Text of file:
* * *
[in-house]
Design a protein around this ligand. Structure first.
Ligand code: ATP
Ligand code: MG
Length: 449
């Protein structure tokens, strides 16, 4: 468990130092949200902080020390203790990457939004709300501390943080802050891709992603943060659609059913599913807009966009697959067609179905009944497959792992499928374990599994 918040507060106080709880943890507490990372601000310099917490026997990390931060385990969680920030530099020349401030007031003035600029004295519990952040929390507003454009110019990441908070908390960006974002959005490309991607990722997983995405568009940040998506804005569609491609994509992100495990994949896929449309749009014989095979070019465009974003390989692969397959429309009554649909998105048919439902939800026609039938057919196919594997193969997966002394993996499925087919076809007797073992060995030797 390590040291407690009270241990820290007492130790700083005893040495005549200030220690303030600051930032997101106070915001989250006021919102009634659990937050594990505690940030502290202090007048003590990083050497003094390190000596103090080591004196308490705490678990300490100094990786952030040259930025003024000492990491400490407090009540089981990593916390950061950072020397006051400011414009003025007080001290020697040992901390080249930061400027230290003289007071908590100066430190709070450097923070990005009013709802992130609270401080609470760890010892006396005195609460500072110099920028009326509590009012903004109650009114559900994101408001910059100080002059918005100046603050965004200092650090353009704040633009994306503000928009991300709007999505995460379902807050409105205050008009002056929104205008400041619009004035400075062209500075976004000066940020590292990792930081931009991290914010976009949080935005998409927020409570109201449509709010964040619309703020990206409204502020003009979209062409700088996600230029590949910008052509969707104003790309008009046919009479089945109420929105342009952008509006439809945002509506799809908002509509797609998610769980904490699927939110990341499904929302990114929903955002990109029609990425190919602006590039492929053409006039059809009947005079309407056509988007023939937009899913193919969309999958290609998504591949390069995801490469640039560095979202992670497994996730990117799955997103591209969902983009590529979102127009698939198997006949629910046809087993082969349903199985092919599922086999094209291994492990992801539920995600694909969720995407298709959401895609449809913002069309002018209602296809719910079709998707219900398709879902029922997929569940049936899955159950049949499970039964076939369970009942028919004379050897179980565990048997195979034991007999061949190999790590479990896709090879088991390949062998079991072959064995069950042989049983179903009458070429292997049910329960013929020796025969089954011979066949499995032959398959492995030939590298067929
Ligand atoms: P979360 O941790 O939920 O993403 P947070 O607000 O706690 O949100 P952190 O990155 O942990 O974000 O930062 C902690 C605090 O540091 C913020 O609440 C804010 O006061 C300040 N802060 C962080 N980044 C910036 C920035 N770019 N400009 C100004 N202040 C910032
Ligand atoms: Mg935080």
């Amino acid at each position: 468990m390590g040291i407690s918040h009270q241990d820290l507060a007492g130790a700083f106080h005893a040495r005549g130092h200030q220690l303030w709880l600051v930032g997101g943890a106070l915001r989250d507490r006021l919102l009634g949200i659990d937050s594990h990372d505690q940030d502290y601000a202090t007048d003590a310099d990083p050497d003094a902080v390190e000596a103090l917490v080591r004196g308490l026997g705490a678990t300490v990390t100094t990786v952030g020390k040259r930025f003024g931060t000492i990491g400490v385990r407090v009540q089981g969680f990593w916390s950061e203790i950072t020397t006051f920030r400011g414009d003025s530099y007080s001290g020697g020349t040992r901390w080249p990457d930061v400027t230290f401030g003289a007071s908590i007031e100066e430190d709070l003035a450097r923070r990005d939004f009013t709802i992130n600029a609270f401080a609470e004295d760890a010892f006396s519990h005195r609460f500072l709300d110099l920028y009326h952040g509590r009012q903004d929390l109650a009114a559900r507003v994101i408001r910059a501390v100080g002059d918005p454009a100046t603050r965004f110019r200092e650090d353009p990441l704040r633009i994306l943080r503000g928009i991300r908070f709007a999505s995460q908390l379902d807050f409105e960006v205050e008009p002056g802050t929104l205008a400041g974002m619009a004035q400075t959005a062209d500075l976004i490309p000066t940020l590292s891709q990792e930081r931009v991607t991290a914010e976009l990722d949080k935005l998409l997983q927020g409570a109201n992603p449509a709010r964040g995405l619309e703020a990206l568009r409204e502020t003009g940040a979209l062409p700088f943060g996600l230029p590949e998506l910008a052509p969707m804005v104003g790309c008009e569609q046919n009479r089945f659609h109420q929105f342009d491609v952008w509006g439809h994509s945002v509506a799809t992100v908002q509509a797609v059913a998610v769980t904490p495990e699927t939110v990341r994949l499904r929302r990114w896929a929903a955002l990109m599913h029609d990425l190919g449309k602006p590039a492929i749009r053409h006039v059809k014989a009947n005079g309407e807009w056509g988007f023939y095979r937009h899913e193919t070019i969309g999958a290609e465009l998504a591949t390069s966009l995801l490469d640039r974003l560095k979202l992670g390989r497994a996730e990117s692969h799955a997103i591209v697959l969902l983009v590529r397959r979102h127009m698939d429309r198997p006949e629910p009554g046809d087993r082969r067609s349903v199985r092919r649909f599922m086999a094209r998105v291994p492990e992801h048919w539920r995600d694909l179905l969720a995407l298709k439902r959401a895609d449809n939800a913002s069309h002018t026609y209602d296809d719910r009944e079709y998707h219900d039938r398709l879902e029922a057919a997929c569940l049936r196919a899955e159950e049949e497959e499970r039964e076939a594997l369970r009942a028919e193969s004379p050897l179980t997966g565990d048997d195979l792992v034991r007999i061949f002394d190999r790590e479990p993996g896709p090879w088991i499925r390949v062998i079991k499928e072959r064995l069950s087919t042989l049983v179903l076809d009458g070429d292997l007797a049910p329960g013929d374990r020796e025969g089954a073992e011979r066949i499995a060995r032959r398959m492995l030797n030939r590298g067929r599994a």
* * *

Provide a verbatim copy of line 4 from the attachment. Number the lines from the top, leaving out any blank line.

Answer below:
Ligand code: MG